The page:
The massive buzz word at the moment is ‘work experience’. Not just your average newspaper delivery work either, but proper industry-related experience to get your ‘foot in the door’ as they say. Now, my casual job at a video store isn’t exactly ‘architecture-related’ but I’m certain it falls into the other equally important category: life experience. Let’s face it, if there was ever a place which allows you to mix with the cross section of society, it is at a video store.
Three years into a design degree and I can count the number of exams I have done on one hand. In fact, the last exam I remember studying for was in my very first semester. Alas, I couldn’t continue this way forever and my Architectural Technology exam is on Thursday (one of two for this subject). As I began to review my lecture notes, it suddenly occurred to me that I had forgotten how to study for an exam. So I did what any other normal person would do. I asked my 14-year-old brother.
When you catch public transport as much as I do, particularly to the south side of Brisbane, there is one thing you learn very quickly. This is that the 140 bus route does not stop at Garden City! Seeing people suddenly freak out when they see the bus turning left onto Mains Road after the Griffith University Busway Station, is something I find extremely amusing. You can see them yelling at themselves thinking, ‘where on earth is this bus taking me?’ I know this is a little mean, but mostly I am just relieved that for once, the person on the wrong bus isn’t me
I will always remember the day I got my OP. I was in the middle of my Christmas holiday in Ireland, my first solo trip overseas and I was living with my Uncle and his family. I remember because of the time difference, I wouldn’t be allowed to log onto the QTAC website until 10pm and therefore had to keep my mind off it all day. I remember sneaking into the downstairs computer room a few hours early ‘just in case’. I remember typing in my QTAC code and waiting anxiously while the website loaded.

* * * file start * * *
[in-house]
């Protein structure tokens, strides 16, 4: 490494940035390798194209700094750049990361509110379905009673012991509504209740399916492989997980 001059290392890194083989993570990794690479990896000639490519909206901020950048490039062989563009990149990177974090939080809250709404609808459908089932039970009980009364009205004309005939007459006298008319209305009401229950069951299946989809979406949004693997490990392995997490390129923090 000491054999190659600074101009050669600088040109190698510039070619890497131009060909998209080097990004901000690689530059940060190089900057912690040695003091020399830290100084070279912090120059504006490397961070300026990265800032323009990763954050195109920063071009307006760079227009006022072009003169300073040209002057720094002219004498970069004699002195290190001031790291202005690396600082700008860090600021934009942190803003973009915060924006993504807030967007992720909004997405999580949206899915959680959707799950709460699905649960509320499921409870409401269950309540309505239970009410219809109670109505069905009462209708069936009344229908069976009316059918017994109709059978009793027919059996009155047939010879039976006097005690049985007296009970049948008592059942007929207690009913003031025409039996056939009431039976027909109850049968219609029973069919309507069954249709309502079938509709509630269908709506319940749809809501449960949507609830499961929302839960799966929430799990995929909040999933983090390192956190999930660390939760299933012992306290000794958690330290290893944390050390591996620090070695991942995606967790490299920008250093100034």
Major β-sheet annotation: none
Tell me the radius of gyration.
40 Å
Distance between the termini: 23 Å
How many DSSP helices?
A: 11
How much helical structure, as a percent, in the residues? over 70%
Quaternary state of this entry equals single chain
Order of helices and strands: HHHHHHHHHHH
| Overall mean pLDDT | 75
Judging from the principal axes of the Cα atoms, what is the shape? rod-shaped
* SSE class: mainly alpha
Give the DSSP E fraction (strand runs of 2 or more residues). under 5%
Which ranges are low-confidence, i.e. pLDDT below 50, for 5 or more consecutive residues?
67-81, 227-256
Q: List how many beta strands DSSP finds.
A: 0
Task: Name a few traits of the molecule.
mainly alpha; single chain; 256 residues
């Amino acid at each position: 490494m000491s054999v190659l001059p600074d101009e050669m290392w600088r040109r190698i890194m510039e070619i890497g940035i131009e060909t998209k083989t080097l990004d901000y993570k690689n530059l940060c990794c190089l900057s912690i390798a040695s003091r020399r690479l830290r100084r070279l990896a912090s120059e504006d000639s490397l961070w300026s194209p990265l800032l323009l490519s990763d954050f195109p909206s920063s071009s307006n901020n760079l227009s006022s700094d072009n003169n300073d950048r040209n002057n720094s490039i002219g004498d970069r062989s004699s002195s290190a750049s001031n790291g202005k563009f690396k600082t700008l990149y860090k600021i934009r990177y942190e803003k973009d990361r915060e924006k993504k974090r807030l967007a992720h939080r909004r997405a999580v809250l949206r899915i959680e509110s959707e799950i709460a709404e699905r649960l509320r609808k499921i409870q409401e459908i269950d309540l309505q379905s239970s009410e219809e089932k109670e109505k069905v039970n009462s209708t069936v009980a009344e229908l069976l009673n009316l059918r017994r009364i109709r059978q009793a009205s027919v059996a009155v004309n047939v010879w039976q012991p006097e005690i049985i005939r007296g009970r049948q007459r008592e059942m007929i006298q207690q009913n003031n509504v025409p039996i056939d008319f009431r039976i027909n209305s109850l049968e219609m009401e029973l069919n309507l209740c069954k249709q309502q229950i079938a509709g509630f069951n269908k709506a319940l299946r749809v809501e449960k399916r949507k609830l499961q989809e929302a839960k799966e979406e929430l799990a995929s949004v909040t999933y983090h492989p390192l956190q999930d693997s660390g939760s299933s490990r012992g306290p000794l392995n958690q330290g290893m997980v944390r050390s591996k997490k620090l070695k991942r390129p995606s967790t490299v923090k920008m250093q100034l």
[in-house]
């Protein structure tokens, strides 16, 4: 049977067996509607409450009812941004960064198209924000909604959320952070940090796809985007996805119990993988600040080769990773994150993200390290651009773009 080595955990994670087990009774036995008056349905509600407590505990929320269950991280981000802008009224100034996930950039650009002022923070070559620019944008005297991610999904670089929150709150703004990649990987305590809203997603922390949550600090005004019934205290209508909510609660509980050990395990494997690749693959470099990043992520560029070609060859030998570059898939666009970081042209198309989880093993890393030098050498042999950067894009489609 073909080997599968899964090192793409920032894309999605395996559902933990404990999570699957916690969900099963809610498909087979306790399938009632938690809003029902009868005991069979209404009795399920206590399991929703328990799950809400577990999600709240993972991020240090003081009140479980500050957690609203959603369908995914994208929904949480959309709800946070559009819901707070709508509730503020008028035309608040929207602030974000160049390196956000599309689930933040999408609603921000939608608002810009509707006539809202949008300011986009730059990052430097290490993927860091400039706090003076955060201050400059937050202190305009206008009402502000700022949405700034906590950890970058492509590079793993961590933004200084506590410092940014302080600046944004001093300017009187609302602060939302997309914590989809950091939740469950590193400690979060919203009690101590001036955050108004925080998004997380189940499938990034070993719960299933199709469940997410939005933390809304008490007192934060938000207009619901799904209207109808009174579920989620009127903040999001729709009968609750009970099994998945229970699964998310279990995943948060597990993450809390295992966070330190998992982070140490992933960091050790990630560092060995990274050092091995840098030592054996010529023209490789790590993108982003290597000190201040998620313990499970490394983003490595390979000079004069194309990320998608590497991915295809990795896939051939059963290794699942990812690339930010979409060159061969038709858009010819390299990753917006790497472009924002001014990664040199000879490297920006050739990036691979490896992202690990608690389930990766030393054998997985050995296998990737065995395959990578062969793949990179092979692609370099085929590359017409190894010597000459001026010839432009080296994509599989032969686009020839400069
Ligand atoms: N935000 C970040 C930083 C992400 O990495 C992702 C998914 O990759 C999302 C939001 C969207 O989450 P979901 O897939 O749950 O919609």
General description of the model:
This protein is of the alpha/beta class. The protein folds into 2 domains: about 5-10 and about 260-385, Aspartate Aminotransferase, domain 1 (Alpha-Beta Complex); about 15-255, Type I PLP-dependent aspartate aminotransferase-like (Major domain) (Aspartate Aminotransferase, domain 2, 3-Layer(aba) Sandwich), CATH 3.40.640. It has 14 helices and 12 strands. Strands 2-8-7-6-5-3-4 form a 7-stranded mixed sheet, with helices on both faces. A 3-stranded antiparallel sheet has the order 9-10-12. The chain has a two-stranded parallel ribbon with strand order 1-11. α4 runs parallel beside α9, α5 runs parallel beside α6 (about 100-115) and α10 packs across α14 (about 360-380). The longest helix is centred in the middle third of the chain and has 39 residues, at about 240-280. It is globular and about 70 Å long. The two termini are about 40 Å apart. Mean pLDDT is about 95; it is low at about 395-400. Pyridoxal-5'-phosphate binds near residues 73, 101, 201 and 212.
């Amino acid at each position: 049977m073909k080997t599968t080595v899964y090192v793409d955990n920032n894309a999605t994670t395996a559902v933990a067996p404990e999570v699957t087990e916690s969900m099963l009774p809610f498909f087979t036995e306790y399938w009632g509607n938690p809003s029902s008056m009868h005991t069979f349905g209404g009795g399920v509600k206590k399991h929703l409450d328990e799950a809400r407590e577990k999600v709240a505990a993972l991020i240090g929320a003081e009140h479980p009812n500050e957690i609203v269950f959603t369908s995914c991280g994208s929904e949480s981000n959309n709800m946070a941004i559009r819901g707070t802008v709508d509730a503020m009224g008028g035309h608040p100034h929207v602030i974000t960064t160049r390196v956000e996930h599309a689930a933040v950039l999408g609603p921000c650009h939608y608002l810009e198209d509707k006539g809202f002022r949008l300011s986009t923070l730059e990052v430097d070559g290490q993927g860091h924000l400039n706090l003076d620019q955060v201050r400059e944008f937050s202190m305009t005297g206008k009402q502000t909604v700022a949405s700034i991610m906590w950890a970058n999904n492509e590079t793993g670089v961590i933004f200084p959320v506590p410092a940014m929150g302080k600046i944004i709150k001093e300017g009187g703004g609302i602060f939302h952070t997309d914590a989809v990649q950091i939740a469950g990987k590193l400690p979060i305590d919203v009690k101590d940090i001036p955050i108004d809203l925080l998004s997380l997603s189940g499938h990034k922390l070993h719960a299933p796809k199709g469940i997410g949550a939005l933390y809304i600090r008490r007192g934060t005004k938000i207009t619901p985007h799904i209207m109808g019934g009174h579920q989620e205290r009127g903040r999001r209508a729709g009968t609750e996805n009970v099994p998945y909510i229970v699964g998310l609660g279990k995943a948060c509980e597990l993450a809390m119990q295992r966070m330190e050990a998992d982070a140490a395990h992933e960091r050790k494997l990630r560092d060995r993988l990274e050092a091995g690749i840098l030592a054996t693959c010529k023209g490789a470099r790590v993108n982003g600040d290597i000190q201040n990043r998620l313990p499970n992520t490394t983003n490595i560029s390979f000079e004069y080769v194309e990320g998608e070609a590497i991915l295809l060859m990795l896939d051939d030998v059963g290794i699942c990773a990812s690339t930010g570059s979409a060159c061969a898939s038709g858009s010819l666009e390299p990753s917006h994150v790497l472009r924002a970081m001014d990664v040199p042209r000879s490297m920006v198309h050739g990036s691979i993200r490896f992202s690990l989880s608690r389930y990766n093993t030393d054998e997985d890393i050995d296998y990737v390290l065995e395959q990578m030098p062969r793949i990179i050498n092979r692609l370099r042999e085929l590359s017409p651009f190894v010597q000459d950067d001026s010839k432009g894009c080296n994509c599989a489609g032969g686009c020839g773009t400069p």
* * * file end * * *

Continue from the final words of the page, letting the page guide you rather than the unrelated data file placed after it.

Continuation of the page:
And finally, there it was.
And today was a day just like any other…. except I went speed dating.
For those unfamiliar with the term, this is sometimes referred to as the single person’s desperate attempt to meet new people. I suppose in theory, this should work quite well, right? Fill out a questionnaire, introduce yourself, swap stories and if you’re both looking for the same thing you can run off into the sunset together. This week though, it was used as our lecturers’ attempt of an icebreaker amongst peers in our week 2 class. Awkward isn’t the right word, but it’s the first that comes to mind. Read more
This week I took a big step forward in my online social-networking capabilities, and created a Twitter account. My motive was not because I particularly wanted to announce my every movement to the world, but more so I could stalk certain celebrities and other notable people such as Hamish and Andy or John Mayer (very lame, I know). To my pure amazement however, when you search “Julia Gillard”, there is more of discussion on her red hair, than being the first female Australian Prime Minister. At first, I was shocked – because seriously, what is the big deal?
When you really truly think about it, everyone has a story just as exciting or upsetting, important or as heartbreaking as yours. Everyone has had a life changing moment in their lives, from the person who serves you at McDonalds or randomly sits next to you on the train. So imagine when you leave school, and perhaps attend university, the truth is that you will become a part of a community with access to the widest cross section of people you will probably ever experience in your lives.
Another Saturday night stuck inside watching old ‘The OC’ episodes and snacking on chocolate freckles and M&M’s. My alarm interrupts my thoughts, but this time the repetitive beep isn’t to wake me up. It’s 3am and this is an indication it’s time for me to go to sleep. I reluctantly put down my copic marker, shut down my laptop and follow the maze of yellow trace scattered on my floor to find my bed. I wonder if next weekend I’ll actually see my friends, but who am I kidding, my parents have a better social life than I do
Before we go any further, let me explain that your very first day of semester is going to be both exciting and horrifying. I remember stepping into a room of over 500 students, totally overwhelmed by the fact I didn’t know one single person. To add to my disorientation my lecturer said something along the lines of: “The class may seem crowded at the moment, but at least 50 students will leave after a month, and only half of you will graduate after four years.”
This my fourth year of university and after all this time there is one thing I can say with absolute certainty. I am not a morning person.